The central focus of Jesus’ ministry was his proclamation of ‘the Kingdom of God’. By this, we understand that Jesus saw himself in continuity with the proclamation and teachings of the Old Testament prophets but, in contrast to them, he was not announcing a future event. In Jesus’ teaching, the promises of God are being fulfilled here and now, in him.
This proclamation implied a change of perspective that was very challenging to those who had come to relate to God as being the God of rules, punishment and patriarchal hierarchy. Jesus proclaimed that the sinner could be forgiven. He was not interested in a person’s worldly status but in what was in a person’s heart. And quite counter-culturally, he related to women as the equals of men.
For Jesus, the sick were not to be outcast on the mistaken understanding that their illness was a sign of punishment from God. Instead, he embraced the sick and healed their wounds as a sign of God’s love and care for all who suffer. For Jesus, the poor were not to be neglected on the mistaken understanding that their poverty was a sign of having been abandoned by God. Instead, he embraced the poor and met and talked with them as a sign that through him, God identifies with them. For Jesus, those who struggled morally were not to be ostracised, for he recognised in them those who needed him the most. Instead, he welcomed them, addressed their needs and, only when the time was right, challenged them to think about the way they lived their lives.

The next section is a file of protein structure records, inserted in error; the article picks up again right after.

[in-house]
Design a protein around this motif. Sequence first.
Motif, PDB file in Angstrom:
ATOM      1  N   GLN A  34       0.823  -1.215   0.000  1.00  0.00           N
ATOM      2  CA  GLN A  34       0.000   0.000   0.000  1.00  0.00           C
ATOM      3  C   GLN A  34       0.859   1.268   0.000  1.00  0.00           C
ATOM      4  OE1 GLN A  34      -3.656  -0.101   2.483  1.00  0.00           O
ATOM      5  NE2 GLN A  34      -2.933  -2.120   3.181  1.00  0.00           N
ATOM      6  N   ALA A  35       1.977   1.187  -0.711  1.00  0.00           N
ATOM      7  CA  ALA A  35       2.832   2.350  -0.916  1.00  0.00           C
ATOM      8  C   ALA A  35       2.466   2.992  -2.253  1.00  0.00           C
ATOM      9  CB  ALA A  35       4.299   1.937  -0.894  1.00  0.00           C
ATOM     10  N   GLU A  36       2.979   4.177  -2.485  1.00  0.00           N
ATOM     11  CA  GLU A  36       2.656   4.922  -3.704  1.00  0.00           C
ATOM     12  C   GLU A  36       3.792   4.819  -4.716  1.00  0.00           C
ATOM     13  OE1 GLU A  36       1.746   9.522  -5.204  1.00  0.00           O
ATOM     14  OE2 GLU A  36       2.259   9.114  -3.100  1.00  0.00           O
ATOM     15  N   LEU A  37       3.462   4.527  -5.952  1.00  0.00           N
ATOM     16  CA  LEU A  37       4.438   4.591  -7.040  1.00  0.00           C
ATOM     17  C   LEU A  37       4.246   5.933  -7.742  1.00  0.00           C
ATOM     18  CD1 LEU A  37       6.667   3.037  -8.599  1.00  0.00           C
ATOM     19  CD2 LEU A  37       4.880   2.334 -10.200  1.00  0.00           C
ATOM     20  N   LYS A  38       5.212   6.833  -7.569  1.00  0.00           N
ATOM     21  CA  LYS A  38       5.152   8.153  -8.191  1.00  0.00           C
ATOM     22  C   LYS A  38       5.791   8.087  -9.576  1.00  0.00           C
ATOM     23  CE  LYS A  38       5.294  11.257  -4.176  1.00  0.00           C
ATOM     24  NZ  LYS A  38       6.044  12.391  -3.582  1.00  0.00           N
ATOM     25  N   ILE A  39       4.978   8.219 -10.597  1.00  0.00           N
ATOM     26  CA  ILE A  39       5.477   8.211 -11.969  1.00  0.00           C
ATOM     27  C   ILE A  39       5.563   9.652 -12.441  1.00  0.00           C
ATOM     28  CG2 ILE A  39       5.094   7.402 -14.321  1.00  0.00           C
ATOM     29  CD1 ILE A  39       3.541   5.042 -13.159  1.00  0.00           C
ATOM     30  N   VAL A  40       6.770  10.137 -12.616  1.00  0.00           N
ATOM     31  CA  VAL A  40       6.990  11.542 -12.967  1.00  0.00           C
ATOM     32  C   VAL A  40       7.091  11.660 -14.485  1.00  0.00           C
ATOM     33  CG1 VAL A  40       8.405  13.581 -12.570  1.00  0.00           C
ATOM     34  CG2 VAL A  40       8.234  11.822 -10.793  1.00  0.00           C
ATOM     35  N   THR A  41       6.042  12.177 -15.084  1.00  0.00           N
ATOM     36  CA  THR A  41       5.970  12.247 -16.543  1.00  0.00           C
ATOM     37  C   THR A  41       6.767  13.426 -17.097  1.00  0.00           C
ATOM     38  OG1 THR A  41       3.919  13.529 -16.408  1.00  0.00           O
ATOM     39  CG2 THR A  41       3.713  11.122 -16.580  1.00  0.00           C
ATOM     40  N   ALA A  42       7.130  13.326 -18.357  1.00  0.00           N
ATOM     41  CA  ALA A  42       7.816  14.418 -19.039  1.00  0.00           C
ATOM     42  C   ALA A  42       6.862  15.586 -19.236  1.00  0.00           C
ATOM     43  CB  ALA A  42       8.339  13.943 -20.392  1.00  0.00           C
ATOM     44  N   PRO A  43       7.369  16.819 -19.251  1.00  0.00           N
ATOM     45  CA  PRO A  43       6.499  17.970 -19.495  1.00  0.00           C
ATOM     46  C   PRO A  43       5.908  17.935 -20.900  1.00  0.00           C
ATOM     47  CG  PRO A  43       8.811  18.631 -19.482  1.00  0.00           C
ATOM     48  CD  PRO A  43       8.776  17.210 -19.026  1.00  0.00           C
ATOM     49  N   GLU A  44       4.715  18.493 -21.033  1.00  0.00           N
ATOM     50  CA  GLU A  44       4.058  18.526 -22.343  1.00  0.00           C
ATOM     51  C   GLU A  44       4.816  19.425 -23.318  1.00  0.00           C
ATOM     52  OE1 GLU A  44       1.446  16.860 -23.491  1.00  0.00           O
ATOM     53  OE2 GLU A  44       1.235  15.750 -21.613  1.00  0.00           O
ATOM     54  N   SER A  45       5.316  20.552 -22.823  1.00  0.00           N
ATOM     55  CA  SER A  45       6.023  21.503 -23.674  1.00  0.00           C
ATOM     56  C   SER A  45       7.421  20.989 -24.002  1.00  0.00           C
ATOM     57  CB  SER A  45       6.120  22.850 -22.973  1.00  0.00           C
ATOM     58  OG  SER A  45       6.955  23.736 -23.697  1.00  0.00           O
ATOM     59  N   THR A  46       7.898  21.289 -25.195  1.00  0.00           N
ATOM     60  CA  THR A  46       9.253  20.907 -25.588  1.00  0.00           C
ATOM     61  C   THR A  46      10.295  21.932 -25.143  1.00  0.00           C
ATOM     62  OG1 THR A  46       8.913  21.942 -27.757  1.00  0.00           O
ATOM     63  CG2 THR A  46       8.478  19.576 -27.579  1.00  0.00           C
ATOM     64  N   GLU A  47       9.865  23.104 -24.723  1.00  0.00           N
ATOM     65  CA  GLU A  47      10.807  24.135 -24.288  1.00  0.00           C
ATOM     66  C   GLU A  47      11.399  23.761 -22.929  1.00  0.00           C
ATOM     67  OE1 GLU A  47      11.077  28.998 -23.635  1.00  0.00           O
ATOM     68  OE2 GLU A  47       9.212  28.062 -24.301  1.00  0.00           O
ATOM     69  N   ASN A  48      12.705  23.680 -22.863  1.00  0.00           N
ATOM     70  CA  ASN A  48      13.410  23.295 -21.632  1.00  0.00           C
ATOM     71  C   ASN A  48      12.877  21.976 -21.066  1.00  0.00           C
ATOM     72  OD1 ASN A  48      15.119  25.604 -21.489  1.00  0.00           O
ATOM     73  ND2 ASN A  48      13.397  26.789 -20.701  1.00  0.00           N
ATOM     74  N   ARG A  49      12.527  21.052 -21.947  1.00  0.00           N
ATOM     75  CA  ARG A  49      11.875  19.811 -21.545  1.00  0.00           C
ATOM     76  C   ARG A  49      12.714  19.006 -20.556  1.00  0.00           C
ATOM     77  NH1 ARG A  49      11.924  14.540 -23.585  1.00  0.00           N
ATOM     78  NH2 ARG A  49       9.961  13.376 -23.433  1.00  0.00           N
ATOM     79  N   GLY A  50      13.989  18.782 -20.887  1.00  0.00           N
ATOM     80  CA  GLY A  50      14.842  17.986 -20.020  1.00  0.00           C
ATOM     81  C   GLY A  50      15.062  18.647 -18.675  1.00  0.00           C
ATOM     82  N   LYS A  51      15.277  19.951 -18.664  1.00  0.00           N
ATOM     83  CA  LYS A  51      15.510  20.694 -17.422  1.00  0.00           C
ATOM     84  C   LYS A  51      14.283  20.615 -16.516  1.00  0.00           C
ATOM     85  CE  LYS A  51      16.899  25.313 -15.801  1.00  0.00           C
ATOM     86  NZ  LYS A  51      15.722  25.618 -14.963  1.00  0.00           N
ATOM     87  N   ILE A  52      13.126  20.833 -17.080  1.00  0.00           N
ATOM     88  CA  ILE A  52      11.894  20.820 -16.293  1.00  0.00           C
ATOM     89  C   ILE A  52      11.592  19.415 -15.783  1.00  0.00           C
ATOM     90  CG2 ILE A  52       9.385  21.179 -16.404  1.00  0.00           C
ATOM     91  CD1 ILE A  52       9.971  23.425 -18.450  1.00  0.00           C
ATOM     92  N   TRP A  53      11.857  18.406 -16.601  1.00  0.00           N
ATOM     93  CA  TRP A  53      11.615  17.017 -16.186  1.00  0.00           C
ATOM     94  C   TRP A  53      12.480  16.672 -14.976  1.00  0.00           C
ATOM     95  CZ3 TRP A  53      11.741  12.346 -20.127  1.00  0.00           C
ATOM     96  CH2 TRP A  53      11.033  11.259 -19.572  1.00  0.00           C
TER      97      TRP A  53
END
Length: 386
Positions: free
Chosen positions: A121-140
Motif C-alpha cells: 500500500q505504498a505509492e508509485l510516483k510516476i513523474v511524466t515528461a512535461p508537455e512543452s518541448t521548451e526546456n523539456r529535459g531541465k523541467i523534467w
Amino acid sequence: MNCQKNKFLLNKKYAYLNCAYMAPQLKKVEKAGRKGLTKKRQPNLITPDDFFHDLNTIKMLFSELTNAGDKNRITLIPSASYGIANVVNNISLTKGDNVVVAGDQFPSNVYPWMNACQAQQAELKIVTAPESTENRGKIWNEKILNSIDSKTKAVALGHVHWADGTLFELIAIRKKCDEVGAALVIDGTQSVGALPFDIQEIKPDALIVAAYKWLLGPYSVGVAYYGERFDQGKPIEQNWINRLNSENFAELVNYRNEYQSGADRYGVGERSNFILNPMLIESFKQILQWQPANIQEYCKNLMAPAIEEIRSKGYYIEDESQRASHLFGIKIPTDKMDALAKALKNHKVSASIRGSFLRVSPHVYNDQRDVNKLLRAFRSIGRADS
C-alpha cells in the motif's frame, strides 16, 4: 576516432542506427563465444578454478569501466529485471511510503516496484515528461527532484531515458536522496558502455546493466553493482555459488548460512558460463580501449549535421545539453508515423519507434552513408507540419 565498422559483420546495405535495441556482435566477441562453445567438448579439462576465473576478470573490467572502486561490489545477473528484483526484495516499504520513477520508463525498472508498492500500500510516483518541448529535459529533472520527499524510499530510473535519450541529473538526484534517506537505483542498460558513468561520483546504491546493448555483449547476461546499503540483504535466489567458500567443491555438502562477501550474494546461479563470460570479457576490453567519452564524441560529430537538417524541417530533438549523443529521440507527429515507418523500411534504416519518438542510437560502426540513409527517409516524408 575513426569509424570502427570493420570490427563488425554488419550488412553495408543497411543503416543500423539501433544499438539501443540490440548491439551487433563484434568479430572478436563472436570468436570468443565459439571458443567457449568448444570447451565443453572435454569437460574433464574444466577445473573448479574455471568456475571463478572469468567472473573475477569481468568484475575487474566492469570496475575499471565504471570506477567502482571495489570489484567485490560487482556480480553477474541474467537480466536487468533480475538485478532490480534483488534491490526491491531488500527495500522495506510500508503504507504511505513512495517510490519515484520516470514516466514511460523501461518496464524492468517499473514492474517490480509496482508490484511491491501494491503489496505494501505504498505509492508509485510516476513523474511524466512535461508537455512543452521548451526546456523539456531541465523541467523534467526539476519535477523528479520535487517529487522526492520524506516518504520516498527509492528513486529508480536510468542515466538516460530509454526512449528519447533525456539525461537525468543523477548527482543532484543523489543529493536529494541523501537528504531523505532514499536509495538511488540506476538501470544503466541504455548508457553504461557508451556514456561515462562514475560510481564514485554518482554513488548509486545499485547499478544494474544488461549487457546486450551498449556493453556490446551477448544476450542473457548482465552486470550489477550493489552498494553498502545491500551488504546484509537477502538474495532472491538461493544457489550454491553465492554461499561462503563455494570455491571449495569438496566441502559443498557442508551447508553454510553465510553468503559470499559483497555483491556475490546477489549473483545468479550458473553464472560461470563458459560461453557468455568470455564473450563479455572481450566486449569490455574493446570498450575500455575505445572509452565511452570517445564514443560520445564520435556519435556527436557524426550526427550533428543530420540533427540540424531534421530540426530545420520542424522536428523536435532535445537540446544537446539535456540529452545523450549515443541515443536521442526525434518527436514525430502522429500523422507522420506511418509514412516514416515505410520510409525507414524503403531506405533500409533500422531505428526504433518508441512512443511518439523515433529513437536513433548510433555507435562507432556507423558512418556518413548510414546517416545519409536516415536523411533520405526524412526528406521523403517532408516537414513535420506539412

Through his encounters with various people, his teachings, his stories and the events of his life, Jesus taught that those who belong to his kingdom seek to…love God…love their neighbour as themselves…forgive without limit…not judge others…treat others the way they would like to be treated…feed the hungry…not return evil for evil…visit the imprisoned…clothe those without adequate clothing…shelter those without proper housing…welcome the foreigner…care for the sick…and learn to love one another as Jesus loves them.
Because Jesus challenged the assumptions of the powerful, he was on a dangerous path. His proclamation that those the religious leaders thought were rejected by God are, in fact, loved by God made them angry. His insistence that God is establishing a new kingdom put him at odds with the Roman Empire and the Religious authorities. That there would be a bloody and devastating end to his ministry became increasingly inevitable.
Original text by Shane Dwyer
Photo of St Damiano cross by James Coleman on Unsplash
Fr Anthony Mellor, 30 October 2019
Archbishop Mark Coleridge, Archbishop of Brisbane, 30 October 2019
30 October 2019